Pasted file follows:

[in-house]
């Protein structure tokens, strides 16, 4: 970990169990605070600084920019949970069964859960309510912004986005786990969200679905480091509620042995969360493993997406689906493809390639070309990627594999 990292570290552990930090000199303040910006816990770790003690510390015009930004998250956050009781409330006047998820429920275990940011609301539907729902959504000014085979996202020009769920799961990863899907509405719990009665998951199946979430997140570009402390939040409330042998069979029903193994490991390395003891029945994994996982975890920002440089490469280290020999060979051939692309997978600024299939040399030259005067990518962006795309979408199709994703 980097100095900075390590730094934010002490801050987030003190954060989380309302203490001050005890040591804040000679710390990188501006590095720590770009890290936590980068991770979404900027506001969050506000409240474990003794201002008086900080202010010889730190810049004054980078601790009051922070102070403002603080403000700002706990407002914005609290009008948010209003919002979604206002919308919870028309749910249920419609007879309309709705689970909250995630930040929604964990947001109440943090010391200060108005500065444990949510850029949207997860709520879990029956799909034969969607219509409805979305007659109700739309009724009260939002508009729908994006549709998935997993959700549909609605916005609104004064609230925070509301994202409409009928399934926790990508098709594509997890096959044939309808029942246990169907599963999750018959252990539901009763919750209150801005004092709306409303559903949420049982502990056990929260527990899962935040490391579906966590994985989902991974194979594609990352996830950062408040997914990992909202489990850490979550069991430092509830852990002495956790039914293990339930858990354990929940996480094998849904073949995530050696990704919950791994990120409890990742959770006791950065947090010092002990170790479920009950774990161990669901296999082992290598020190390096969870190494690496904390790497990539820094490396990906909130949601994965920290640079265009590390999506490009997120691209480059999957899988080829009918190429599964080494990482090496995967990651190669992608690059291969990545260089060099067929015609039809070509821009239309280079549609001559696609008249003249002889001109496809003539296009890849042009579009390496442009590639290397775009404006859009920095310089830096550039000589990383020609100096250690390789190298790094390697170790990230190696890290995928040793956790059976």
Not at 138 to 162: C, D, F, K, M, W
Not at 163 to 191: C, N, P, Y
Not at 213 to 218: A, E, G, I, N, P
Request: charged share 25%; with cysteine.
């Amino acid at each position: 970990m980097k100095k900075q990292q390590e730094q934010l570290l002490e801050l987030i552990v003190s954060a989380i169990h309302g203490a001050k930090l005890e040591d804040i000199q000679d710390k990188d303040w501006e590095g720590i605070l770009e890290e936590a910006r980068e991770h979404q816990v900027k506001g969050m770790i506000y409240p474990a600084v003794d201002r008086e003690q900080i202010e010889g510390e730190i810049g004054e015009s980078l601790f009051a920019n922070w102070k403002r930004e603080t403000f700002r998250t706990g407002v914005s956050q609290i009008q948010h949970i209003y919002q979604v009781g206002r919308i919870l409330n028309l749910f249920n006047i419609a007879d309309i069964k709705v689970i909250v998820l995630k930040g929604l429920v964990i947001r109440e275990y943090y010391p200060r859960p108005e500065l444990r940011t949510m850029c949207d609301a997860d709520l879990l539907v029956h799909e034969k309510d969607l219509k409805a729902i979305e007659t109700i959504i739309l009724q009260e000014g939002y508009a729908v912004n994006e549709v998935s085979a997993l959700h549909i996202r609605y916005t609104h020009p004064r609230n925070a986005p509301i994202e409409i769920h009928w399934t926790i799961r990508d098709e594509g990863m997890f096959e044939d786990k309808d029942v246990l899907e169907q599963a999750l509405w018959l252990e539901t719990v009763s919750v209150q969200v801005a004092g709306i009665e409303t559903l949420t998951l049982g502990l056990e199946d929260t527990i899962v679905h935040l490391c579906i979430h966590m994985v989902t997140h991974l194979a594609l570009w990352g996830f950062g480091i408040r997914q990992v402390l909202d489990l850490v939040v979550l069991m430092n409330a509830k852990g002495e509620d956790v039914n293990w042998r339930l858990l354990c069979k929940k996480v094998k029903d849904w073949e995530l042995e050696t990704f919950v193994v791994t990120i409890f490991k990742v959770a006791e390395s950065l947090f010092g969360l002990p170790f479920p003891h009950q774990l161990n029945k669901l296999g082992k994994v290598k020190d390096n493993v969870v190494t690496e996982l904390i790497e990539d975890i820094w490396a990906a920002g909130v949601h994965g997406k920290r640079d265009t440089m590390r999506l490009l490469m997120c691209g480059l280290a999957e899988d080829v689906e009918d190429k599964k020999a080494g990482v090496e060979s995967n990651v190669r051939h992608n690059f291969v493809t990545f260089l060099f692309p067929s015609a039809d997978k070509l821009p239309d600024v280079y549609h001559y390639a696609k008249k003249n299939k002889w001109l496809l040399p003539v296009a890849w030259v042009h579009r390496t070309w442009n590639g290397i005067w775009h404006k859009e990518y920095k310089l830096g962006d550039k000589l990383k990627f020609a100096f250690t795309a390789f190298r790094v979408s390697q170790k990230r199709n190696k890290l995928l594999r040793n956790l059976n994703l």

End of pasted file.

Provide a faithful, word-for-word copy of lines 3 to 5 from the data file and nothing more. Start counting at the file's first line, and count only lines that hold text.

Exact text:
Not at 138 to 162: C, D, F, K, M, W
Not at 163 to 191: C, N, P, Y
Not at 213 to 218: A, E, G, I, N, P